There is pride in the history carved in the intimate fibers of a nation’s flag and the deep sentiment of its patriotic national Anthem. The blood boils and the heart quivers. When someone attacks a nation it revives the feelings of homeland and heroism. People turn to the God we trust, the history, the meaning of the flag and the hymn. The courageous soldiers that gave their lives for our freedom. Memorial Day and Veterans Day give a especial meaning to the fallen who lived and died in search of freedom. Our greatest pride!

 “O thus be it ever, when freemen shall stand
Between their loved homes and the war’s desolation.
Blest with vict’ry and peace, may the Heav’n rescued land
Praise the Power that hath made and preserved us a nation!
Then conquer we must, when our cause it is just,
And this be our motto: ‘In God is our trust.’
And the star-spangled banner in triumph shall wave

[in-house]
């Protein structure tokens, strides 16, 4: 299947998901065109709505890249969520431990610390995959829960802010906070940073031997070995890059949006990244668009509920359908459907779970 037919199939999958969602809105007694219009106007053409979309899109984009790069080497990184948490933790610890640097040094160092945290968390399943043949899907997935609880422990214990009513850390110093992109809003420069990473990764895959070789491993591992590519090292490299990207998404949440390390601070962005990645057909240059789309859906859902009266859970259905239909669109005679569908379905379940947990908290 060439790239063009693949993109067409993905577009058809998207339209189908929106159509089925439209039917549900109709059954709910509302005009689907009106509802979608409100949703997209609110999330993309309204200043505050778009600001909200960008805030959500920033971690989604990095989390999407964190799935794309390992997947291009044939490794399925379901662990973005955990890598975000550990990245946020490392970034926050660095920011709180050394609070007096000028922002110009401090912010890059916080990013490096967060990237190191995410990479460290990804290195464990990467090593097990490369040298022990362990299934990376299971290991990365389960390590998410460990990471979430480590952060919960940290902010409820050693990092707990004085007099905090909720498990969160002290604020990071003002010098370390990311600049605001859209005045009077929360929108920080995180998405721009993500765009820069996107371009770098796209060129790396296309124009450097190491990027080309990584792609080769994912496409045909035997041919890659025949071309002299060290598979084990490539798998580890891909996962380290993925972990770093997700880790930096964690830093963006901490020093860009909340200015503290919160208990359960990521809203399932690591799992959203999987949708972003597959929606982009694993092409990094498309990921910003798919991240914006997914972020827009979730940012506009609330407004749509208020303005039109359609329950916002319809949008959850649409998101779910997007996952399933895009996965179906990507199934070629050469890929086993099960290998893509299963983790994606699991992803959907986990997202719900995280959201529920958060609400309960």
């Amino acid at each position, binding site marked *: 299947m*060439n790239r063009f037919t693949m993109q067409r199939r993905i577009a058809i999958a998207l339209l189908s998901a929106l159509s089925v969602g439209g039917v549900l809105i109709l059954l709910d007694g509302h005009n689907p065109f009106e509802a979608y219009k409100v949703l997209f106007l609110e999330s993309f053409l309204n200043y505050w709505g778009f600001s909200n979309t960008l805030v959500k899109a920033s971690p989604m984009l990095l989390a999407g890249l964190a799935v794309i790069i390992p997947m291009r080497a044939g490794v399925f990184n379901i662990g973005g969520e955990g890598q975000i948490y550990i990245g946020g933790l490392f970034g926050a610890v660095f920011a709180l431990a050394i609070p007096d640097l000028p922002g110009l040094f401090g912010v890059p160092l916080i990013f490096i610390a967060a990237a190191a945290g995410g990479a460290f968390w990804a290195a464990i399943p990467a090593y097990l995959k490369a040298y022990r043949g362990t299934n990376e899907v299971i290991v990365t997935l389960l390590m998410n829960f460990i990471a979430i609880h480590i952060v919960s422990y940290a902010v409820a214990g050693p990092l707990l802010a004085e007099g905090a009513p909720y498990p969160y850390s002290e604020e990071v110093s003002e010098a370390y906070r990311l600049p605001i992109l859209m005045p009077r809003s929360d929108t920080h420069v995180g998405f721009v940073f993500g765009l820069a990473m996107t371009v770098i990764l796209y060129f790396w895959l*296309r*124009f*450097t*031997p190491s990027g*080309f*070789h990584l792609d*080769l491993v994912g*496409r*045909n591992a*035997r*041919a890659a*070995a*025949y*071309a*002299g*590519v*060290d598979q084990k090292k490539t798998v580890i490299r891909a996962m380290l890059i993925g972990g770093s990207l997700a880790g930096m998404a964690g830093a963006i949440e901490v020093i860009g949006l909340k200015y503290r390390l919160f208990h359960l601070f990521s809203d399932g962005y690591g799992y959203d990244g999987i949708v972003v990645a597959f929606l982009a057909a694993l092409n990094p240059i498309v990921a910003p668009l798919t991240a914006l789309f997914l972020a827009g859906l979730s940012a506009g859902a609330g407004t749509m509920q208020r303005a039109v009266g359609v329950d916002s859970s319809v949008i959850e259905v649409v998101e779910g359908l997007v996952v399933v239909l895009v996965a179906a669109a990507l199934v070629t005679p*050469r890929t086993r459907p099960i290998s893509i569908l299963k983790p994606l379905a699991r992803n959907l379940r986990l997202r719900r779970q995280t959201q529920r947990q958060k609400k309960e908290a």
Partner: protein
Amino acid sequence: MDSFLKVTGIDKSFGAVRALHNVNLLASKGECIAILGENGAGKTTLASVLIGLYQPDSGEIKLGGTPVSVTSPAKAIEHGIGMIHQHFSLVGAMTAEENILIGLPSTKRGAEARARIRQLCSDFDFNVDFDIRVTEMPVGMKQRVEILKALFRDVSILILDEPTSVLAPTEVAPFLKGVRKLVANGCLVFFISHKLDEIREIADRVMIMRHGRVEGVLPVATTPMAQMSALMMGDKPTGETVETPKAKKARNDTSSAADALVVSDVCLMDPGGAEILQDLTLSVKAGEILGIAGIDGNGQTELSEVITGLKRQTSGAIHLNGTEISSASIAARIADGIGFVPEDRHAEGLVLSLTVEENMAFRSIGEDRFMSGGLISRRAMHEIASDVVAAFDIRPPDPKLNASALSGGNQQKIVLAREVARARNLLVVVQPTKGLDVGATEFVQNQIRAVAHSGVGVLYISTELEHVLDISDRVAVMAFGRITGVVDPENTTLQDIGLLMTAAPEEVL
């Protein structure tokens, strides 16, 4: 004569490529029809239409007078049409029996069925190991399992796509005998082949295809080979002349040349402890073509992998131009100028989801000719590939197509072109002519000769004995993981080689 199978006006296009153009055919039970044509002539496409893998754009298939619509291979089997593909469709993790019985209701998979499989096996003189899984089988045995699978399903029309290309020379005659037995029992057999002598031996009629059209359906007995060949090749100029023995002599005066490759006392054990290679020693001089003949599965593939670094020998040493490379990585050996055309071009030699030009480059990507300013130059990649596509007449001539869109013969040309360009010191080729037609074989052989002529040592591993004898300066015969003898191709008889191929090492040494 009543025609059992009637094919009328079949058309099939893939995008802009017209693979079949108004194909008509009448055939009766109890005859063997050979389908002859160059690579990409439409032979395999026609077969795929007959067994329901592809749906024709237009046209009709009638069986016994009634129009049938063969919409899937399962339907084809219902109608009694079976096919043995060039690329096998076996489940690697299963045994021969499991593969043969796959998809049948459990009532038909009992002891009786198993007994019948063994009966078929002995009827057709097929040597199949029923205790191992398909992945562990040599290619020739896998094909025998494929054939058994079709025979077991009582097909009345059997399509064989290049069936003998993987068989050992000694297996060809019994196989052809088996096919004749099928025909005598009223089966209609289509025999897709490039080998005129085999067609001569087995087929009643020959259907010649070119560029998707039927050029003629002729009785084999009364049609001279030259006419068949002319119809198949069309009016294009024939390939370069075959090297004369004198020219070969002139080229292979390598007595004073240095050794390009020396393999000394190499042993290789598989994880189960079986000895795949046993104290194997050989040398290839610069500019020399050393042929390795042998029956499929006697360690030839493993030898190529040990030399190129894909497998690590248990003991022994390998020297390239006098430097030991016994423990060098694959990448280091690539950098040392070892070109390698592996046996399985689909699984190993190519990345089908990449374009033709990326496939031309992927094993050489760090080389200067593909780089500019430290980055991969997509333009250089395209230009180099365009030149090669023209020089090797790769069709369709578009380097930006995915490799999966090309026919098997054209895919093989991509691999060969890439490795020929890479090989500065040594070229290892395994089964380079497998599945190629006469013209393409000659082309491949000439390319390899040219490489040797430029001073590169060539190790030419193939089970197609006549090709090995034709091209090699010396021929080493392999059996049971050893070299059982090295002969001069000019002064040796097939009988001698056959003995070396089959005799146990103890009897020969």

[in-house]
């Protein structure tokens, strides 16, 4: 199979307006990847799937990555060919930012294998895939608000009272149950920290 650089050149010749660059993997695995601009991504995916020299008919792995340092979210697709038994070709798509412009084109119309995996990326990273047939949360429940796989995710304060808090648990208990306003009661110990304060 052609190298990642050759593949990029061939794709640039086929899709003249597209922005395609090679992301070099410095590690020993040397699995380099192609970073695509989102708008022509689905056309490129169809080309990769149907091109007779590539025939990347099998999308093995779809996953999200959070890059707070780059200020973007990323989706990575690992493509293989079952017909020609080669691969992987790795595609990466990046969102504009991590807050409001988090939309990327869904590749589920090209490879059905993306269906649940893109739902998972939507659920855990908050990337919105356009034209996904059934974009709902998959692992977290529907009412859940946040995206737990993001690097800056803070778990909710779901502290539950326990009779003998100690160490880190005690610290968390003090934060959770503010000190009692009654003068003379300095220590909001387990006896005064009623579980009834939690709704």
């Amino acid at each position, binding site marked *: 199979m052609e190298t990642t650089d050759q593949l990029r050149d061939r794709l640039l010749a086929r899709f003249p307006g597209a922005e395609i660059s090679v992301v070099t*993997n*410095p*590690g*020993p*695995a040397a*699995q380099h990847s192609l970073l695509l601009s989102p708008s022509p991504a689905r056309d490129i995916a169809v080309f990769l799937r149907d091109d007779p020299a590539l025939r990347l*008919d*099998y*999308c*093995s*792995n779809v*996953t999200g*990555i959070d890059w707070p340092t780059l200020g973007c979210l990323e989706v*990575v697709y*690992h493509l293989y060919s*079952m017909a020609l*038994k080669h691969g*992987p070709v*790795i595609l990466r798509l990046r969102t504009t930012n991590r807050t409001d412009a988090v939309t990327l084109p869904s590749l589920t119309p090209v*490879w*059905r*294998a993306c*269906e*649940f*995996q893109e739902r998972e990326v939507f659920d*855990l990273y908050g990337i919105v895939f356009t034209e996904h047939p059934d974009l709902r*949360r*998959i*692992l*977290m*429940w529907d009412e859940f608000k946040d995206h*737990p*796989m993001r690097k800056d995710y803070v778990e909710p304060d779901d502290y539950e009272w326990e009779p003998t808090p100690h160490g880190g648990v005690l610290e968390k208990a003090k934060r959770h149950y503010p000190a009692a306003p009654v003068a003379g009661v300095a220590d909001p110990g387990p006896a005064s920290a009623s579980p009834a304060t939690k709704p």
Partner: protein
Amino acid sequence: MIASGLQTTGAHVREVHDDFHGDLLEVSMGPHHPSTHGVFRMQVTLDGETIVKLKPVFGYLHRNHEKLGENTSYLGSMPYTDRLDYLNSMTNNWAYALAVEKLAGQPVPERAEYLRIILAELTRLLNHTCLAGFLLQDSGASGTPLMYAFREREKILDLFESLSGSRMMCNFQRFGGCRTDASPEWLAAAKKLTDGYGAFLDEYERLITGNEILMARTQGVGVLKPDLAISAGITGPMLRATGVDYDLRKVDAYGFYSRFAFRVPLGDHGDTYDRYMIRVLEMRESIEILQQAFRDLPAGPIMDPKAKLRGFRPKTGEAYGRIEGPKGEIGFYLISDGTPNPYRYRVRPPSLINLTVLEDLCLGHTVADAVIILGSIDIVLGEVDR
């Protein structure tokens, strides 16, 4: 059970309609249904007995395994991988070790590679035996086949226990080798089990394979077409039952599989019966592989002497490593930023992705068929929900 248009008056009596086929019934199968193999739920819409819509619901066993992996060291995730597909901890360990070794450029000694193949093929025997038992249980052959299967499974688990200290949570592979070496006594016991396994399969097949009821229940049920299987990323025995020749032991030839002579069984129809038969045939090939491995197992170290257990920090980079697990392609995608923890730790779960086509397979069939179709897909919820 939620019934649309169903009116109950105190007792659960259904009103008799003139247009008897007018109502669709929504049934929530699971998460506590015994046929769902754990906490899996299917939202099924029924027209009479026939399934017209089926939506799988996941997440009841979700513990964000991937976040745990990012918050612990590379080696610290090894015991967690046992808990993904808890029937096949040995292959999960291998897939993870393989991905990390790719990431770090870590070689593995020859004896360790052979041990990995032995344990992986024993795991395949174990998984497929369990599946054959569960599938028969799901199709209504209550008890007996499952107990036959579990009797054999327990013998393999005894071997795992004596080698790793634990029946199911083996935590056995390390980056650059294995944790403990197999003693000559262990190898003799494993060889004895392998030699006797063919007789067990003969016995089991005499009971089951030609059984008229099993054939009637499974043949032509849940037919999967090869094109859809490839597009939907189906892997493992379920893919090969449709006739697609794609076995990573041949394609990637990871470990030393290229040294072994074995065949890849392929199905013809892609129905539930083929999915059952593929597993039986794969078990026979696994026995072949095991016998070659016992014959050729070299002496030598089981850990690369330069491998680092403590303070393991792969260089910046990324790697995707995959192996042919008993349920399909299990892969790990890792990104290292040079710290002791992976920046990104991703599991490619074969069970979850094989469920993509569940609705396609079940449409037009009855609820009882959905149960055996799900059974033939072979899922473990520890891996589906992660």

O’er the land of the free and the home of the brave!”

 When a leader betrays the nation, there are broken hearts, inexplicable anger and desolation. The courageous men a women stand tall to show pride and readiness to fight back and defend what has cost so many lives.

 “We will keep her bright blazon forever unstained!
And the Star-Spangled Banner in triumph shall wave
While the land of the free is the home of the brave.”

 

References:

https://en.wikipedia.org/wiki/National_anthem
Flag Picture:
By Original uploader was Dr.frog at en.wikipedia – Transferred from en.wikipedia, Public Domain, https://commons.wikimedia.org/w/index.php?curid=3661221
 Lyrics Picture
By Francis Scott Key – Frank A. O’Connell; Wilbur F. Coyle (1914). <a rel=”nofollow” class=”external text” href=”http://www.archive.org/stream/nationalstarspan02nati#page/n63″>National Star-Spangled Banner Centennial, Baltimore, Maryland, September 6 to 13, 1914</a> (1914). Baltimore: National Star-Spangled Banner Centennial Commission. p. 64., Public Domain, <a href=”https://commons.wikimedia.org/w/index.php?curid=3807435″>Link</a>
 “The Star-Spangled Banner” video: Title: Movietone News: “The Star-Spangled Banner” (Version II) (ca. 1944) Sumary: Patriotic montage of scenes accompanying performance of U.S. national anthem as sung by Merrill Miller. Producer: Fox Movietone News Audio/Visual: Sd, B&W Keywords: Patrioti